The future of Augmenting Human Intellect…and Pranking people all in one picture.

 

Progress Report 2

I always forget to do these.  Week two gave me some food for thought because I had to teach myself what was obvious from a general perspective. It also made me realize that a good research paper brings more question than answers in the early stages.  With that new knowledge, I hope the list of topics I have come up with will suffice. I have been coming up with obvious things about each of them in an attempt to help guide my research.

Concept Experience #2

This concept is actually very difficult for me. I have never been able to grasp simple concepts because I over think them by my very nature. I have probably spent over 4 hours all together trying to point of the obvious, going so far as to ask help from friends to help me create a list. My friends all found the pointing out the obvious part very easy and were quite amused at my genuine inability to grasp the concept. The only thing that I was able to come up with was, ‘I cannot point out the obvious.’

My list composed by friends, which I refused to use because I am stubborn and wanted to figure out how to do it, included gems like, dirt is dirty,  rees have leaves, cars with no A/C in the summer in Richmond are hot, The Earth is big to a human, The Earth is small to the Sun, 3 is less than 5, and one is the loneliest number.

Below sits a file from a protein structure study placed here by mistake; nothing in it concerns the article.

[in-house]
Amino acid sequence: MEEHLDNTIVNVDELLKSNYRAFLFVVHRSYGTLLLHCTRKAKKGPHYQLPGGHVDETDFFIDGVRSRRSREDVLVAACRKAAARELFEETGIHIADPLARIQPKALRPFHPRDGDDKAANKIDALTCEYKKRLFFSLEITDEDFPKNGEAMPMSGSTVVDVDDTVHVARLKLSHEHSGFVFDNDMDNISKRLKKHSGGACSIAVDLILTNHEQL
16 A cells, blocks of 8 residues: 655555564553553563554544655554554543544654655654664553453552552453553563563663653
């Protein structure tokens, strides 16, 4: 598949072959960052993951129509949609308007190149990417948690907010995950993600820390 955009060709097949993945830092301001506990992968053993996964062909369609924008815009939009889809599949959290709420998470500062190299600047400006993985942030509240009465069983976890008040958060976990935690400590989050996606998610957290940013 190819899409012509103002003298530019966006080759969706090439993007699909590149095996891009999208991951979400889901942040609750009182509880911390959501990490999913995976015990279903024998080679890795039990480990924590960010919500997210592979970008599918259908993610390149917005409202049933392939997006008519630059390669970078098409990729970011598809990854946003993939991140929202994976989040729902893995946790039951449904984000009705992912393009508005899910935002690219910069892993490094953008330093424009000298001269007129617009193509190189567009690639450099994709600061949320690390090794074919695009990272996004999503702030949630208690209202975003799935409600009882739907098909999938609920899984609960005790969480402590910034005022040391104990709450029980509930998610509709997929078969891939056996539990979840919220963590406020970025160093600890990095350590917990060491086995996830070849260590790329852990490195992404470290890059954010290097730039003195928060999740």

While watching The Mighty Morphin Power Rangers, because I own the first two seasons and love 90’s nostalgia, I turn to my friend and say “Why are they called power rangers, they aren’t even rangers?! Look at them!” She laughed and told me that was pointing out the obvious. And thus my concept trial was born.

Power Rangers are not Rangers.

Why are Power Rangers not Rangers?

Well,  first what is a Power Ranger?

A power ranger is by the show’s definition a teenager with attitude, then being selected by the ancient space wizard Zordon’s assistant Alpha 5 to battle Rita Repulsa, and other space menaces bent on conquering Earth. They are granted with the power of prehistoric animals, although over the years, they draw power from other powerful things in history like samurais. These powers grant them superpowers to fight evil.

What is a ranger?

Ranger, while there are many definitions to ranger, the most relevant one is a person who has jurisdictions and control over a certain area and is supposed to enforce the rules and protect the life in that area. The most popular example is a park ranger.

So what I basically learned is that although power rangers are superheros in spandex suits and helmets, fighting an evil alien empress to protect earth, they are basically rangers, but their jurisdiction is Earth. This is why they are rangers. They also do promote a lot of recycling and taking care of the Earth. The name is completely justified.

Nugget #2 Man-Computer Symbiosis Revision

“The fig tree is pollinated only by the insect Blastophaga grossorun. The larva of the insect lives in the ovary of the fig tree, and there it gets its food. The tree and the insect are thus heavily interdependent: the tree cannot reproduce wit bout the insect; the insect cannot eat wit bout the tree; together, they constitute not only a viable but a productive and thriving partnership. This cooperative “living together in intimate association, or even close union, of two dissimilar organisms” is called symbiosis [27].